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Neurovascular MedicinePursuing Cellular Longevity for Healthy Aging$
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Kenneth Maiese

Print publication date: 2009

Print ISBN-13: 9780195326697

Published to Oxford Scholarship Online: January 2010

DOI: 10.1093/acprof:oso/9780195326697.001.0001

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Retinal Cellular Metabolism and its Regulation and Control

Retinal Cellular Metabolism and its Regulation and Control

Chapter:
(p.69) Chapter 4 Retinal Cellular Metabolism and its Regulation and Control
Source:
Neurovascular Medicine
Author(s):

Dao-Yi Yu

Stephen J Cringle

Paula K Yu

Er-Ning Su

Xinghuai Sun

Wenyi Guo

William H Morgan

Xiao-Bo Yu

Chandrakumar Balaratnasingam

Publisher:
Oxford University Press
DOI:10.1093/acprof:oso/9780195326697.003.0004

The retina is an extension of the brain with a high functional activity and high metabolic rate but with only a limited blood supply. Consequently there is a delicate balance between high metabolic demands and limited nutrient supply. Oxygen is known to be the most supply-limited metabolite in the human retina, and intraretinal hypoxia is thought to be a major pathogenic factor in retinal diseases with a vascular component. These diseases include diabetic retinopathy, vascular occlusion, and glaucoma. The metabolic and functional properties of the retina are highly compartmentalized, and the highly layered structure of the retina provides an opportunity for investigating the properties of different subcellular components not achievable in the brain due to the complex cell architecture. This chapter demonstrates the marked heterogeneity of oxygen metabolism across the retina, even in different components of the same cell, and contrasts the requirements of the inner retina in vascularized and avascular retinas. Oxygen metabolism in animal models of retinal diseases is also examined, along with the control and regulation of ocular vasculature.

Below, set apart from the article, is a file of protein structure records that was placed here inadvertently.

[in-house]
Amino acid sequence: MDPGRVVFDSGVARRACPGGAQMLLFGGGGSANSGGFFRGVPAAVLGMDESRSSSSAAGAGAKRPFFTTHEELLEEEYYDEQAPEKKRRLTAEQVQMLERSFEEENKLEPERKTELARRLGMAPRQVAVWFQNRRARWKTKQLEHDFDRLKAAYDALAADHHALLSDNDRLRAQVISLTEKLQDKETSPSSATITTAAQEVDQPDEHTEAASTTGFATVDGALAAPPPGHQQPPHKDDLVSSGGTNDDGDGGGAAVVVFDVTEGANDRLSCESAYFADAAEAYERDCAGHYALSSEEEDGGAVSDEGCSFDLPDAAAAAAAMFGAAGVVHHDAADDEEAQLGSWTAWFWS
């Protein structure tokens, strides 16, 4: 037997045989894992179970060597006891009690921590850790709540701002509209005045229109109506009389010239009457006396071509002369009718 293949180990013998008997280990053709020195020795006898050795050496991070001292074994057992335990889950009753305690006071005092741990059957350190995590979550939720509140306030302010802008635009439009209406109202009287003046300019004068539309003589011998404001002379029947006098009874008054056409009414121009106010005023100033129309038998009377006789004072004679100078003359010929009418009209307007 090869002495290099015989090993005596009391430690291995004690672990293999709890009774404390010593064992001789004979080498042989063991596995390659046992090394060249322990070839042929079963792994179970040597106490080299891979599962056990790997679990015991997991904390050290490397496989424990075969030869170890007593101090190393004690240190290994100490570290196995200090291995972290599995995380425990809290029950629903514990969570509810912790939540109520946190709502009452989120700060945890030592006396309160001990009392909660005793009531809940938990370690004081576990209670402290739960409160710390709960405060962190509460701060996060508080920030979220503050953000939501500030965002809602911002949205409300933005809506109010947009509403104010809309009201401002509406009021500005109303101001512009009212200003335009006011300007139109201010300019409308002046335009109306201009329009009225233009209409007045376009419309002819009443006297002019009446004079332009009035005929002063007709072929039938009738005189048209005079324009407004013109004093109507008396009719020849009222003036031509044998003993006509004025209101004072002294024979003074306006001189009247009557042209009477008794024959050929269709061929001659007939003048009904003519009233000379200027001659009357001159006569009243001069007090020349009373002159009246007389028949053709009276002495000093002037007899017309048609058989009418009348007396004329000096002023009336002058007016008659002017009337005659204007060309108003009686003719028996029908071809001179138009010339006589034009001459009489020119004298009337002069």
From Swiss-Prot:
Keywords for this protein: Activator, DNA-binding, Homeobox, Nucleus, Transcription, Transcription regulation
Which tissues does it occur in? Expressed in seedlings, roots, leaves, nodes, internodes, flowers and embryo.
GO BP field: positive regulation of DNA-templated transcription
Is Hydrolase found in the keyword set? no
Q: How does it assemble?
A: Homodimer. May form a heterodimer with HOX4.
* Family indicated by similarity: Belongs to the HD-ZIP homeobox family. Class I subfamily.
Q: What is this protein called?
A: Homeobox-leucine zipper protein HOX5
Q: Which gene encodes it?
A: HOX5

Keywords:   metabolism, retina, oxygen, hypoxia, retinal diseases, diabetic retinopathy, animal models, ocular vasculature

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